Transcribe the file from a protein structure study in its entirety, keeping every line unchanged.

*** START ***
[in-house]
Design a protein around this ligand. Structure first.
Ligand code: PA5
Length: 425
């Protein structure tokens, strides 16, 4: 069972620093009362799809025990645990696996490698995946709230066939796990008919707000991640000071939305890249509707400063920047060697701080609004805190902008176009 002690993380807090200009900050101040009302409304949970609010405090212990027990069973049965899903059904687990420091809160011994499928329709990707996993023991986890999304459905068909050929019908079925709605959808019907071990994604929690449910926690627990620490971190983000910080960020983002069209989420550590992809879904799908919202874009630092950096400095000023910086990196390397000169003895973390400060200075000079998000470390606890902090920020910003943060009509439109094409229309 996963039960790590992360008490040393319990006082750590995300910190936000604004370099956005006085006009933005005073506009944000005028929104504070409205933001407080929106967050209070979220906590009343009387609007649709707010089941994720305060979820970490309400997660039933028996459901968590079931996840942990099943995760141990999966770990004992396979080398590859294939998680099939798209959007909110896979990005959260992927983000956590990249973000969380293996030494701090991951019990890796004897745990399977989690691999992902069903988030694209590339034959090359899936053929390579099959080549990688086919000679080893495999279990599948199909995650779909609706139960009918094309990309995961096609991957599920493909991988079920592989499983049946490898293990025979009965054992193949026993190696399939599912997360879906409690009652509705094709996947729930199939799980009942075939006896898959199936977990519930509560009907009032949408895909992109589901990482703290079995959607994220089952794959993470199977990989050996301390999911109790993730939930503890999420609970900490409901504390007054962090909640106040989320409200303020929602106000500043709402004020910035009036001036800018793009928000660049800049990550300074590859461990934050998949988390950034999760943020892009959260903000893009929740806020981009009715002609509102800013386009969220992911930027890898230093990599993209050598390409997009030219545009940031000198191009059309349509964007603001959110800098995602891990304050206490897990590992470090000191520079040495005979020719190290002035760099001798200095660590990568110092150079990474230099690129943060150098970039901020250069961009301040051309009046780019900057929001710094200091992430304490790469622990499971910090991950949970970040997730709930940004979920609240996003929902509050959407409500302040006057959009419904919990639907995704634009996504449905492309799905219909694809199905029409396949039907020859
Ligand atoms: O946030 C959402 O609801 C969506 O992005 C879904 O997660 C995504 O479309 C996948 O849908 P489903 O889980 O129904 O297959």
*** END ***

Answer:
[in-house]
Design a protein around this ligand. Structure first.
Ligand code: PA5
Length: 425
């Protein structure tokens, strides 16, 4: 069972620093009362799809025990645990696996490698995946709230066939796990008919707000991640000071939305890249509707400063920047060697701080609004805190902008176009 002690993380807090200009900050101040009302409304949970609010405090212990027990069973049965899903059904687990420091809160011994499928329709990707996993023991986890999304459905068909050929019908079925709605959808019907071990994604929690449910926690627990620490971190983000910080960020983002069209989420550590992809879904799908919202874009630092950096400095000023910086990196390397000169003895973390400060200075000079998000470390606890902090920020910003943060009509439109094409229309 996963039960790590992360008490040393319990006082750590995300910190936000604004370099956005006085006009933005005073506009944000005028929104504070409205933001407080929106967050209070979220906590009343009387609007649709707010089941994720305060979820970490309400997660039933028996459901968590079931996840942990099943995760141990999966770990004992396979080398590859294939998680099939798209959007909110896979990005959260992927983000956590990249973000969380293996030494701090991951019990890796004897745990399977989690691999992902069903988030694209590339034959090359899936053929390579099959080549990688086919000679080893495999279990599948199909995650779909609706139960009918094309990309995961096609991957599920493909991988079920592989499983049946490898293990025979009965054992193949026993190696399939599912997360879906409690009652509705094709996947729930199939799980009942075939006896898959199936977990519930509560009907009032949408895909992109589901990482703290079995959607994220089952794959993470199977990989050996301390999911109790993730939930503890999420609970900490409901504390007054962090909640106040989320409200303020929602106000500043709402004020910035009036001036800018793009928000660049800049990550300074590859461990934050998949988390950034999760943020892009959260903000893009929740806020981009009715002609509102800013386009969220992911930027890898230093990599993209050598390409997009030219545009940031000198191009059309349509964007603001959110800098995602891990304050206490897990590992470090000191520079040495005979020719190290002035760099001798200095660590990568110092150079990474230099690129943060150098970039901020250069961009301040051309009046780019900057929001710094200091992430304490790469622990499971910090991950949970970040997730709930940004979920609240996003929902509050959407409500302040006057959009419904919990639907995704634009996504449905492309799905219909694809199905029409396949039907020859
Ligand atoms: O946030 C959402 O609801 C969506 O992005 C879904 O997660 C995504 O479309 C996948 O849908 P489903 O889980 O129904 O297959």